Spatial and temporal complexities of reproductive behavior and sex ratios: a case from parasitic insects.

Dittmar K, Morse S, Gruwell M, Mayberry J, DiBlasi E - PLoS ONE (2011)

Schematic diagram comparing parasite demography on-host (right panel), and off-host (left panel).On-host a physical ratio of 1∶1 is observed. Red rectangle represents females with developing offspring, which are not available for reproduction. Females within green rectangle are a mixture of returning females, and teneral females (N). The green rectangles (male and female) on-host represent the operational sex ratio (OSR), which is likely male biased. Off-host, depositing females leave the hosts (1), and arrive at the pupal field (2), where they give birth to their offspring. Some die due to predation (skull), while new females and males emerge leave the field (3) and return to the general host population (4). Mating ensues, and females become unavailable for mating. The ratio of males and females at emergence is skewed towards females.
© Copyright Policy
Related In: Results  -  Collection

Show All Figures
getmorefigures.php?uid=PMC3091855&req=5

pone-0019438-g006: Schematic diagram comparing parasite demography on-host (right panel), and off-host (left panel).On-host a physical ratio of 1∶1 is observed. Red rectangle represents females with developing offspring, which are not available for reproduction. Females within green rectangle are a mixture of returning females, and teneral females (N). The green rectangles (male and female) on-host represent the operational sex ratio (OSR), which is likely male biased. Off-host, depositing females leave the hosts (1), and arrive at the pupal field (2), where they give birth to their offspring. Some die due to predation (skull), while new females and males emerge leave the field (3) and return to the general host population (4). Mating ensues, and females become unavailable for mating. The ratio of males and females at emergence is skewed towards females.
Mentions: Previous studies asserted that males prefer virgin females (tenerals) as mates [8]. Because the bulk of mating activity is reported to occur on roosting bats, it is likely that the operational sex ratio is in fact male biased (Table 1, Figure 6). The rationale for this assertion lies in the fact that although the physical sex ratio on roosting bats is at equilibrium, females with developing offspring will be unavailable for mating, because each new offspring requires a separate insemination event, and males are not attracted to “pregnant” females [8]. Thus it is likely, that all males compete for a subset of available females, which is mainly composed of teneral females (Figure 6). This scenario also predicts that males are the predominant competitors in this system, have a lower parental investment, as well as a higher potential to mate [4]. Given that reproductive behavior seems to be very similar across bat fly species, a male biased OSR may be a more general trend in bat flies than previously assumed.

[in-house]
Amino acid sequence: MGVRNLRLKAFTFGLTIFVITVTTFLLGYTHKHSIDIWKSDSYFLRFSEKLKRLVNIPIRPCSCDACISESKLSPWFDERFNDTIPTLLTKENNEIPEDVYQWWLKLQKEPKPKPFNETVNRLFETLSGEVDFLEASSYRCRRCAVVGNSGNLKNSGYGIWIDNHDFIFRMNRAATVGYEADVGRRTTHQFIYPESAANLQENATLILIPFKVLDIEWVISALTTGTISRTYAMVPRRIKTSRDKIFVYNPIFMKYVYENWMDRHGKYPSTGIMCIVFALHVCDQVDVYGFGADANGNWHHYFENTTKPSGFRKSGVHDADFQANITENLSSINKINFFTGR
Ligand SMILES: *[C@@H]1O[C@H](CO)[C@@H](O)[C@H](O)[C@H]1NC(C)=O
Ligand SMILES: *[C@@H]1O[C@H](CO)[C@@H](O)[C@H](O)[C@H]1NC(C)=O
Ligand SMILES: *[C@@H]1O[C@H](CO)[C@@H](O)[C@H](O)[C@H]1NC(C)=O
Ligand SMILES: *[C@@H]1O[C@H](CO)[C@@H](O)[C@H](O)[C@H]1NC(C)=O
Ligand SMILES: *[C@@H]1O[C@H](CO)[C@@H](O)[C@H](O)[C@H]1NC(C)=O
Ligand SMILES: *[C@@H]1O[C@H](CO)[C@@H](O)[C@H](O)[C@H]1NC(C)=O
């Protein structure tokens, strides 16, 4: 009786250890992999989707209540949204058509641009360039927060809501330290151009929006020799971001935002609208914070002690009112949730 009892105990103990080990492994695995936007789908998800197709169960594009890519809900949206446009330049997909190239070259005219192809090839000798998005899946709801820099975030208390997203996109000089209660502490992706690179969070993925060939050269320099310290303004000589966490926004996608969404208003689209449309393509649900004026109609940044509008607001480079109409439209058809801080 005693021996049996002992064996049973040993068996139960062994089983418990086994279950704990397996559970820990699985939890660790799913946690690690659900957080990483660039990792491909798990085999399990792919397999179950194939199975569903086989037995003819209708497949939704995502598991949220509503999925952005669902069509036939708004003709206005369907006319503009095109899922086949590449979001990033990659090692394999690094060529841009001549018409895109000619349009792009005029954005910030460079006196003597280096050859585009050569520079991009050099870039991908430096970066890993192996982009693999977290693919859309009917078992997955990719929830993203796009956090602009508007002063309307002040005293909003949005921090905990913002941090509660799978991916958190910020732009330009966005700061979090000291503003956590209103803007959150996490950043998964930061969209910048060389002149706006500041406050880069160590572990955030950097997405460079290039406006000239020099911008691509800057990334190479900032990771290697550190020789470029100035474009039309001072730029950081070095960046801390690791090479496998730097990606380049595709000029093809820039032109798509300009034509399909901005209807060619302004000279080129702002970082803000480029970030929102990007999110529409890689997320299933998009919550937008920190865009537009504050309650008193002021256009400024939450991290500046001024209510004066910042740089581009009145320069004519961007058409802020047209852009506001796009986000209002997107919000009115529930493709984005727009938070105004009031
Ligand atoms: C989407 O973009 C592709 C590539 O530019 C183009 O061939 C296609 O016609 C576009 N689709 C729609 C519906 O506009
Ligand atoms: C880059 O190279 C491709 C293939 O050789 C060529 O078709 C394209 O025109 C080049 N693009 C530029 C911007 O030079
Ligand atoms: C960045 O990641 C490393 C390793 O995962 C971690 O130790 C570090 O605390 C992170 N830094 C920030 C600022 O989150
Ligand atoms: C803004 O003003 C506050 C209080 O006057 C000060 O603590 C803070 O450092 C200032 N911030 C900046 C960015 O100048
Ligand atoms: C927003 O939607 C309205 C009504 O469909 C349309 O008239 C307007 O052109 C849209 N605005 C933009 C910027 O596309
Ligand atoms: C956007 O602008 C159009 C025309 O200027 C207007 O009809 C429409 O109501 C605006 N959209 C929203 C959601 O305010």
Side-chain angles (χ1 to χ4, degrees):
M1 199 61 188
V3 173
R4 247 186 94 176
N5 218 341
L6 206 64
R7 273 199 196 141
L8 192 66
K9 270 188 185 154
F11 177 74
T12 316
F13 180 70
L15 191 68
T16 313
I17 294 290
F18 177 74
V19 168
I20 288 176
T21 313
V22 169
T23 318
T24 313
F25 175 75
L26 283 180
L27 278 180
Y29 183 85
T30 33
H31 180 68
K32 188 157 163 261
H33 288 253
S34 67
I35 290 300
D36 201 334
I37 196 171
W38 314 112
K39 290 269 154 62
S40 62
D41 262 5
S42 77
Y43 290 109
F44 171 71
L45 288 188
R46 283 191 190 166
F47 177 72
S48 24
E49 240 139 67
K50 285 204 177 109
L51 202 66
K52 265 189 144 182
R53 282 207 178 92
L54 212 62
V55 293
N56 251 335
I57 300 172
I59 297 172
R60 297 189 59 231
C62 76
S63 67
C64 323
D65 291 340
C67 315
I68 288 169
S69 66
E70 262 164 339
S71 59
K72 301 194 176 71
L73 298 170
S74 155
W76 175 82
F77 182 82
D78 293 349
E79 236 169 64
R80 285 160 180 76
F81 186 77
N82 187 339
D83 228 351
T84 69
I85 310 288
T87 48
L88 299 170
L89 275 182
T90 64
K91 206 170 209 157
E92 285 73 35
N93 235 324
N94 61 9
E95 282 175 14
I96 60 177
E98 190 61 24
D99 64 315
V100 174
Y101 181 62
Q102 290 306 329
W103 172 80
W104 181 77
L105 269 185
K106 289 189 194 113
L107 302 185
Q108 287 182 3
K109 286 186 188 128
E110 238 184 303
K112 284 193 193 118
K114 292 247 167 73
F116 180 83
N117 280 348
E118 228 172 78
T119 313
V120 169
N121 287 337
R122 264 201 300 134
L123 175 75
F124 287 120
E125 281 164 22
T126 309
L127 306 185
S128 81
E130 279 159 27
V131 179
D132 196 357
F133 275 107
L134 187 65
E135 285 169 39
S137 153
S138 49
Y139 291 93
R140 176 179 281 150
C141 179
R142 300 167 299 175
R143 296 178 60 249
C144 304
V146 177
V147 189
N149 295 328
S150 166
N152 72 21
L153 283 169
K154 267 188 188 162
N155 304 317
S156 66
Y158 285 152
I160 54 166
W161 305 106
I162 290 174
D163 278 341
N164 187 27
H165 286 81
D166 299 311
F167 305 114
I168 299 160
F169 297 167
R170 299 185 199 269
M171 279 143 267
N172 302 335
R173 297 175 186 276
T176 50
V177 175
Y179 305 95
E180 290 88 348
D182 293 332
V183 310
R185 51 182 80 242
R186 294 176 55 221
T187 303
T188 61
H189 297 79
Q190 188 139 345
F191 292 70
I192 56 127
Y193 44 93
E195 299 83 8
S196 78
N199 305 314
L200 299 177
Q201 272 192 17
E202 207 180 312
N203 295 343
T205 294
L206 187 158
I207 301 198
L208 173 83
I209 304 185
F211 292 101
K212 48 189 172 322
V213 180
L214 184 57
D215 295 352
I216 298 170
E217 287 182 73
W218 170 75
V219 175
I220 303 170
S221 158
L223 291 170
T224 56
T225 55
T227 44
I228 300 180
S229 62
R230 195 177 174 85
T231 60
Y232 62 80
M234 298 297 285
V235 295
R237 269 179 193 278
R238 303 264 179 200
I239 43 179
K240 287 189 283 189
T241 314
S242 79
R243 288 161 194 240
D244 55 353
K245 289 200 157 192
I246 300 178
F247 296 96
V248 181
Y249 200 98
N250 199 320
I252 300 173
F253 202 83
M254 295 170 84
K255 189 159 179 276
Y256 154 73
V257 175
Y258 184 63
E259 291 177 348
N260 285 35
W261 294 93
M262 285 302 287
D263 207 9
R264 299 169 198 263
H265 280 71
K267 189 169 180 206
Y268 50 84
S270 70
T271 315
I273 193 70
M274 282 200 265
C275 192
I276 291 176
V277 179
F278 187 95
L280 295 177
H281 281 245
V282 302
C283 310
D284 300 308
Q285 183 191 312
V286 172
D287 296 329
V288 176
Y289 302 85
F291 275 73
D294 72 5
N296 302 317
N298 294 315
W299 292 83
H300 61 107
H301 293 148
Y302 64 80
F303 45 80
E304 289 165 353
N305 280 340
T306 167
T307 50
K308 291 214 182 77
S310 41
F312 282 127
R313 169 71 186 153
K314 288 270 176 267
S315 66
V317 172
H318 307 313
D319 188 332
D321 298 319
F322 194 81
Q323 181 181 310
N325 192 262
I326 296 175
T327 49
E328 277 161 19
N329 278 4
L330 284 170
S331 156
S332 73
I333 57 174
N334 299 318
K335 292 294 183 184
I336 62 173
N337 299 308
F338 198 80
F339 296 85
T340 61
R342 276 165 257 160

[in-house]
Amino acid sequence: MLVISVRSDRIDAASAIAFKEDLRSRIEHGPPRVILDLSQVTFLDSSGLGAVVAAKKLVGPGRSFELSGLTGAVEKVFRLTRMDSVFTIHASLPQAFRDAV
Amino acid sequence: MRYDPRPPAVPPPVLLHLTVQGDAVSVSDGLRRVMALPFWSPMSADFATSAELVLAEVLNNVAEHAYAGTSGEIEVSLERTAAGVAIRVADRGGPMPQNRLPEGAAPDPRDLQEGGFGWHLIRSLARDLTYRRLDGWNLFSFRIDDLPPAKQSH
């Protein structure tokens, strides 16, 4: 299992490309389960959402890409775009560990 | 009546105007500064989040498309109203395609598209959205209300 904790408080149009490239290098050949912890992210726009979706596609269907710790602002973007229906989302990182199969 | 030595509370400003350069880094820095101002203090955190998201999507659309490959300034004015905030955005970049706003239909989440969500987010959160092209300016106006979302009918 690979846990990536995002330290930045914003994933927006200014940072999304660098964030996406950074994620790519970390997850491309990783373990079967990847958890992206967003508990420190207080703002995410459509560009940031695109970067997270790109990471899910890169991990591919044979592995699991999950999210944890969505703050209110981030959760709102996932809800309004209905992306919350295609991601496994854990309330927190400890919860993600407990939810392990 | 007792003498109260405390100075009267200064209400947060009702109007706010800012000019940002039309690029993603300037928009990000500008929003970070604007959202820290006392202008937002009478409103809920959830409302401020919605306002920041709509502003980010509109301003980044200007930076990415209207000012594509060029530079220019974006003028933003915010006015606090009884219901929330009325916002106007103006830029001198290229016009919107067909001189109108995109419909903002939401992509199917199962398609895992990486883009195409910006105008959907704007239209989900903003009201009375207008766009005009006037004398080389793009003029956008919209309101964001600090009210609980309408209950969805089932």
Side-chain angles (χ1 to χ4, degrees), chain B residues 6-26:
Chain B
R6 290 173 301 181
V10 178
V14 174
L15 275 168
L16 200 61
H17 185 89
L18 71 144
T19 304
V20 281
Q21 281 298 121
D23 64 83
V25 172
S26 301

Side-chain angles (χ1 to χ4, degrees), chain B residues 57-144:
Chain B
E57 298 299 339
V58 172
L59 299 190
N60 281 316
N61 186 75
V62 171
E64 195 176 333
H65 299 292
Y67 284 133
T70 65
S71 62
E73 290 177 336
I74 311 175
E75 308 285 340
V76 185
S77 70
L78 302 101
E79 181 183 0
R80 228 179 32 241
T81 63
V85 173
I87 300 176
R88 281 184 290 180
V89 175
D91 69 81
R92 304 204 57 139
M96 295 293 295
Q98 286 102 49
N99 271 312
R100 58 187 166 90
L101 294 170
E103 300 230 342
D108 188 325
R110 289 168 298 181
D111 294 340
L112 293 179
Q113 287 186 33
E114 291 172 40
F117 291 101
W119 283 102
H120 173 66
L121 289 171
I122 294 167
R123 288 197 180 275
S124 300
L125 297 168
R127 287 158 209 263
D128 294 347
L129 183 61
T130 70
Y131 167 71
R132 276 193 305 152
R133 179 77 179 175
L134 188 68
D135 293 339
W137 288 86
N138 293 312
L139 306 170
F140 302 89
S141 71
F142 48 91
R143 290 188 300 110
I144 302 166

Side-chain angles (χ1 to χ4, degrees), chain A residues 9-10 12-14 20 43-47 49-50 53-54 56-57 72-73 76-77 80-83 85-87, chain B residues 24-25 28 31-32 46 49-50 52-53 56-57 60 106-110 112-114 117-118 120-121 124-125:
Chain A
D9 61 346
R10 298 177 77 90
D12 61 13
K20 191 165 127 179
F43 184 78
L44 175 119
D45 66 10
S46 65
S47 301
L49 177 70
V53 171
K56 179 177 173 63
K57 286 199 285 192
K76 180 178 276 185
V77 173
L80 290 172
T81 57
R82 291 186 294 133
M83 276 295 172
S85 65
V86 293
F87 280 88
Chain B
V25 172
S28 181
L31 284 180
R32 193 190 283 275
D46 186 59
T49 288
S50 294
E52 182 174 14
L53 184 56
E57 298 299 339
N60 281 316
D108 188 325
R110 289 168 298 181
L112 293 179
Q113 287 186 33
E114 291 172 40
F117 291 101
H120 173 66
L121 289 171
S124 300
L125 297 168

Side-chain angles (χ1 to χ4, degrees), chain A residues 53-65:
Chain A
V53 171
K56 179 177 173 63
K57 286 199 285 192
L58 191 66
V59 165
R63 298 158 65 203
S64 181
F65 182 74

Bottom Line: At emergence these parasites exhibit a significant and seasonally stable female biased sex ratio.Host capture experiments throughout the day show a statistically significant, but temporary male excess in bat flies on foraging bats.Our results highlight the importance of detailed natural history observations, and emphasize that ignoring the spatial and temporal heterogeneity of reproduction in any organism will lead to significant empirical sampling errors of sex ratios, and may obscure operational sex ratios.

View Article: PubMed Central - PubMed

Affiliation: State University of New York at Buffalo, Department of Biological Sciences and Graduate Program of Ecology, Evolution and Behavior, Buffalo, New York, United States of America. katharinad@gmail.com

ABSTRACT

Background: Sex ratios are important empirical data in predicting sex allocation strategy and selection in populations. Therefore, they should be sampled at crucial developmental steps before and after parental investment. In parasites with free-living (off-host) developmental stages the timing and method of sampling is not trivial, because ecological niches are frequently poorly known. Consequently, information is scarce for sex ratios of these parasites between conception and sexual maturity. Often, only data from adult parasites are available, which usually were collected from the parasite's hosts. Generally, these ratios are assumed to represent operational sex ratios.

Methodology/principal findings: We here report three years of empirical data on population sex differentials from a bat ectoparasite (Trichobius frequens) with off-host developmental stages. At emergence these parasites exhibit a significant and seasonally stable female biased sex ratio. This bias is lost in the adult population on the roosting host, which shows sex ratios at equality. This is best explained by a behaviorally driven, sex-dependent mortality differential. Because consistently only subsets of females are available to mate, the operational sex ratio in the population is likely male biased. Host capture experiments throughout the day show a statistically significant, but temporary male excess in bat flies on foraging bats. This phenomenon is partly driven by the diurnal rhythms of female larviposition, and partly due to parasites remaining in the bat roost during foraging. Because most previous research in bat flies is based only on foraging bats, female contributions to physical sex ratios have been underestimated.

Conclusion/significance: Our results highlight the importance of detailed natural history observations, and emphasize that ignoring the spatial and temporal heterogeneity of reproduction in any organism will lead to significant empirical sampling errors of sex ratios, and may obscure operational sex ratios.

Show MeSH